Places we call Home ~ By Melanie Attard – August 2020

My name is Mel, I have been a wildlife rescue volunteer for many years. I have seen first-hand the negative impacts of industrialisation, over development, habitat loss, bushfire, pollution, and climate change, on our flora and fauna. We see animals breeding out of season as the climate warms, their natural food sources unavailable. We see them moving into sheds, roller doors, wall crevices, and building sites, desperate for a tree hollow to sleep or breed in. Rubbish strangles our water birds. We have seen heat stress events killing off birds and possums in ever increasing numbers every summer. We were inundated with hundreds of ringtail possums in one single incident in Summer 2019 at Somers beach, Western Port Bay, after a record heat wave. I walked that beach with numerous other volunteers in 40-degree heat searching for survivors. The possums were so dehydrated and desperate, they drank sea water. I picked up one poor little possum sitting soaked, as the seawater lapped over the sand. We managed to rehabilitate a few of the survivors, who were later released back home into the foreshore vegetation. Our wildlife cannot tolerate such extreme conditions year after year.

I learned to surf around Pt Leo and Shoreham. I had one beginners surf lesson with East Coast Surf School and was totally hooked. I was a late starter! That refreshing cool salt water, new friendships, the physical challenges, and pure thrill of gliding across the face of a clean unbroken wave were enough for me. I have chased the days of big ground swells reaching further up the bay to locations such as Somers and Merricks. I have been delighted by penguins, dolphins, seals and those huge bull rays’ surprise appearances. I have been dumped and tumbled by energetic waves. Feeling the force of nature is such a wonderful thing. Working up the paddling strength to get onto waves, the fitness to pop up. To balance on a board with this moving force beneath you. Feeling the wave and adapting to her surges and lulls. Seeing the wild weather changes rolling in, dark clouds, icy rain, blasting wind, seeing the glassy surface of the water turn in an instant to chop and bump, the waves becoming a tangled mess of white soupy bubbles. Appreciating what is sent my way, just being out there. Some days are better than others…. getting dumped, holding my breath on the big swell days out at Second Reef (Pt Leo). Tucking my head in as I am tumbled like a ragdoll above the reef, at the mercy of that water I love so much.

I learned to sail at Balnarring Beach in dinghies. Pacer, Laser, Micron, Bic, wonderful little sail boats to harness the natural power of the wind, tacking this way and that, opening up the sails for a lazy down-winder back towards to beach. Tipping the boat right over and being thrown out while learning how to tack and jibe, sitting up on the rail, hanging over the edge of the boat with just water gliding beneath. Sprays of water causing excitement and laughter. Huge grins and cold hands, it’s all part of the adventure. Enjoying some fun social racing, making good friends, learning new skills. I joined Western Port Yacht club a few years ago and completed the beginners sailing courses. I have always enjoyed the friendships of like-minded salty sea lovers.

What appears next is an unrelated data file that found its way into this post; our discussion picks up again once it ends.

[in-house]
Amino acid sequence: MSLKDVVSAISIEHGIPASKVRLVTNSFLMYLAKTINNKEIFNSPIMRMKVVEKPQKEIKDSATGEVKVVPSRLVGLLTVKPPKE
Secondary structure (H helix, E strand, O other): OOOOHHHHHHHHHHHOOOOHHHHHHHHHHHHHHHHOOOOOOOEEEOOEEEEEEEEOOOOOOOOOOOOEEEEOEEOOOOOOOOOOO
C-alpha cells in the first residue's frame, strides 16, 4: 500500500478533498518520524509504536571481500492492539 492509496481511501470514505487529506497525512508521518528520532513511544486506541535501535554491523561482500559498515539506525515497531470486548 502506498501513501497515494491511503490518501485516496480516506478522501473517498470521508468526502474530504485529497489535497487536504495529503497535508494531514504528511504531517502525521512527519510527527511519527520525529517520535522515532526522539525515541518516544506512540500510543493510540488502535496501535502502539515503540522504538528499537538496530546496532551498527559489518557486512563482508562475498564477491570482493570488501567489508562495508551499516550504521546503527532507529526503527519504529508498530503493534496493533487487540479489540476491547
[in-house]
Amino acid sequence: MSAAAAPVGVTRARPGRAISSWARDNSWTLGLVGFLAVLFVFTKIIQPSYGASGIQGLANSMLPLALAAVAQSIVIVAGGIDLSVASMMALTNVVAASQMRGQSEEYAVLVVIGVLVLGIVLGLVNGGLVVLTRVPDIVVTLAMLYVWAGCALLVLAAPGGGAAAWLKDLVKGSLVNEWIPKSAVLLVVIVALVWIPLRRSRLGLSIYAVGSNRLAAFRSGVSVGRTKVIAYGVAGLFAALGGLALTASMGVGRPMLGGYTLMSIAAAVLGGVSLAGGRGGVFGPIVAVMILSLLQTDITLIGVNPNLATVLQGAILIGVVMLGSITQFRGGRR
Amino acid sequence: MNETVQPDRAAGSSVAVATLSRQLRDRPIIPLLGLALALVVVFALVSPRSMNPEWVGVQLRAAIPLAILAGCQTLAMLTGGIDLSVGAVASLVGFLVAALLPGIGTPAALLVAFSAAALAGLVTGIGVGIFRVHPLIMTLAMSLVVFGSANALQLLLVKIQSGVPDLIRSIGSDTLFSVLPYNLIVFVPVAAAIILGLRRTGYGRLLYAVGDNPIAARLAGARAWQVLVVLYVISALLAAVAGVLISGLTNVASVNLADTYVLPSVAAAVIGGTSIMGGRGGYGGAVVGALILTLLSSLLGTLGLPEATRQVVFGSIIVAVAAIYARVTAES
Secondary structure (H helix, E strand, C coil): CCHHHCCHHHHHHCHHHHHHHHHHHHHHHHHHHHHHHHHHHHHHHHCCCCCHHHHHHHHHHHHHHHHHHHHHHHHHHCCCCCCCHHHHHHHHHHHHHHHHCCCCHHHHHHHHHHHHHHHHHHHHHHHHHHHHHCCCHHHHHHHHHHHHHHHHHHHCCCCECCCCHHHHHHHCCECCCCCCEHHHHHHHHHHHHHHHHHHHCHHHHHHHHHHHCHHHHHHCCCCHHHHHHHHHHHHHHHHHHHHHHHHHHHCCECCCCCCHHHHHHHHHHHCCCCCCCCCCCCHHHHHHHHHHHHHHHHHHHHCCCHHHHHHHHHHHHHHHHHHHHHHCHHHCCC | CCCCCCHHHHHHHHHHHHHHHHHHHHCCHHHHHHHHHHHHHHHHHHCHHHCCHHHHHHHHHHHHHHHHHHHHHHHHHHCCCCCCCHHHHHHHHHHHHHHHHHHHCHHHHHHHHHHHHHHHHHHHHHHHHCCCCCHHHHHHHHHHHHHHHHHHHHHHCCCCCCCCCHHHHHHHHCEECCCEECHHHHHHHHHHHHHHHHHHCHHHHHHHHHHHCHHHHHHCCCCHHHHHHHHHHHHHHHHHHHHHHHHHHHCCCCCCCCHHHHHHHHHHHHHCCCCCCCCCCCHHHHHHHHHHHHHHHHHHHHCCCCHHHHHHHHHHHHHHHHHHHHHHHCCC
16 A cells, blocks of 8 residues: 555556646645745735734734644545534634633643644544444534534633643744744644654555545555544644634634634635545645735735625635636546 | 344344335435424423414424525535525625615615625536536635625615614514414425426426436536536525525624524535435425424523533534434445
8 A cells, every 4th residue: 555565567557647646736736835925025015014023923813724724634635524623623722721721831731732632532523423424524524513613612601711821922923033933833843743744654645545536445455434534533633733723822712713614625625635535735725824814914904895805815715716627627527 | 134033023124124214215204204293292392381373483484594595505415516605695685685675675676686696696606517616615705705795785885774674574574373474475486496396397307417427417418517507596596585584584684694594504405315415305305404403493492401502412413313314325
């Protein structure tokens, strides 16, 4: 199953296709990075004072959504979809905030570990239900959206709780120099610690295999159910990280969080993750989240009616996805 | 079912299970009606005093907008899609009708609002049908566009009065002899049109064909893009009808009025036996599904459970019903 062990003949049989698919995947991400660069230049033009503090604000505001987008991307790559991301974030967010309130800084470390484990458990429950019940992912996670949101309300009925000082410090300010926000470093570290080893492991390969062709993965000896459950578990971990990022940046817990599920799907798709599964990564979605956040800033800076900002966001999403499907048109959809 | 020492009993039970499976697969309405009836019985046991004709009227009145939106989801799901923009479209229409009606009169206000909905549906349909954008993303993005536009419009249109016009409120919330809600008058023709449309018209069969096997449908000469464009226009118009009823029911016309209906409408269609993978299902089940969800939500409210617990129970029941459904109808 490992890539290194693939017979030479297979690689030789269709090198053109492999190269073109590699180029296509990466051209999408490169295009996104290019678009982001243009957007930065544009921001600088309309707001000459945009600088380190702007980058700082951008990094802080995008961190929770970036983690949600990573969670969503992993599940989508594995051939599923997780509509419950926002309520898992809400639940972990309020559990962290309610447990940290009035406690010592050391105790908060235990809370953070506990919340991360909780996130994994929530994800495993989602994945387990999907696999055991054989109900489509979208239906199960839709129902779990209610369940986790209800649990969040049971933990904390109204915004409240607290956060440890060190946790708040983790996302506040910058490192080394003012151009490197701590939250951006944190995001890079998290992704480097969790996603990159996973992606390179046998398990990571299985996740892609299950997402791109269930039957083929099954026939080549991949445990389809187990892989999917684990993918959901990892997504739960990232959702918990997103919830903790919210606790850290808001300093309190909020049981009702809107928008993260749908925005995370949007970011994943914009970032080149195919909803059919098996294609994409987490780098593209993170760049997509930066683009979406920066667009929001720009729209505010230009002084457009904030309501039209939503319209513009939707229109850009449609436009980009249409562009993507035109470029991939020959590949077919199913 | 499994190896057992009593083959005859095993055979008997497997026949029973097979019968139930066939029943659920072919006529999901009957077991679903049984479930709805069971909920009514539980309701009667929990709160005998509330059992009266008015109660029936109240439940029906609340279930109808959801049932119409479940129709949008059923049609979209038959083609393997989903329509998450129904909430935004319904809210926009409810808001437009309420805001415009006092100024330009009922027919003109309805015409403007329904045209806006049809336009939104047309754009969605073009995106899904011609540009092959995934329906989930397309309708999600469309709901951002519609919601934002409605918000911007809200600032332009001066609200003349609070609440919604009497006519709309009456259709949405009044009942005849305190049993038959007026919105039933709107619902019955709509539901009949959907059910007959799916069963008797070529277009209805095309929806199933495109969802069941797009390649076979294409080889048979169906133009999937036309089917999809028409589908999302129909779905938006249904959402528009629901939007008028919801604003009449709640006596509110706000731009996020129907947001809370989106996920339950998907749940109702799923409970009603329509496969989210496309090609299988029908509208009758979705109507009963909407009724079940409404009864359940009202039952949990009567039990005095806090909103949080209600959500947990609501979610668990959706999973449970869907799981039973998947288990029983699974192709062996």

I have enjoyed years of cooling summer swims with good friends, picnics, birthday celebrations, long walks and adventurous beach and trail running around Hastings, Crib Point, Somers, Merricks, Balnarring, Pt Leo, Shoreham and Flinders. Hot chips and potato cakes from the Balnarring fish and chip shop on cooler days, a real treat. Ducking into the Op shops for a bargain. We are blessed to have an abundance of koalas at Coolart Wetlands, a wonderful bushland region to visit and walk. The peaceful hidden gem that is Jacks Beach at Crib Point, and the boardwalk to Hastings is a gorgeous place to walk or cycle, with intertidal mangroves and other salt loving vegetation visible off the edge of the boardwalk. A snap shot of the region as it once was, before European Settlement. Sea Eagles, Magpies, Mud Crabs, Silvergulls, Swamp Harriers, Pacific Gulls, Herons, Pelicans, Darters, Gannets, Ibis, Fairy Wrens, and Kookaburras, all visible on a quiet wander through the Warringine Bushland Reserve, one of the best boardwalks I have ever had the pleasure to meander along. I remember when summer bushfire ripped through the Warringine area in 2015, burning nearly 5000 hectares. My Dad and step mum were at home in Crib Point on evacuation alert, too late to leave, they stayed put.

I have enjoyed wonderful snorkelling around the reef edges. Seeing all sorts of marine life, large leathery kelp, bright green sea lettuce, knobbly Neptune’s necklace, fancy extravagant sea slugs, big eyed curious spikey puffer fish, and swift patterned little rays and skates. I enjoy the clean salty air, green spaces, wetlands, creeks, coastal habitats and bushlands surrounding Western Port Bay. My artwork reflects a strong connection to and appreciation of the local environment. Capturing the light, movement, the energy of these beautiful places that I call home.

I would like to keep it all this way. Big polluting, dangerous, fossil fuel industries are not welcome in Western Port Bay. It would break my heart to see AGL industrialise Crib Point with a massive floating gas terminal and pipeline. I want to know that these natural places will remain, for our flora and fauna to thrive, and for our kids to enjoy what we have been blessed and privileged to enjoy.

Picture above shows my 44th Birthday celebrated with friends on the foreshore of Western Port Bay (an annual event!)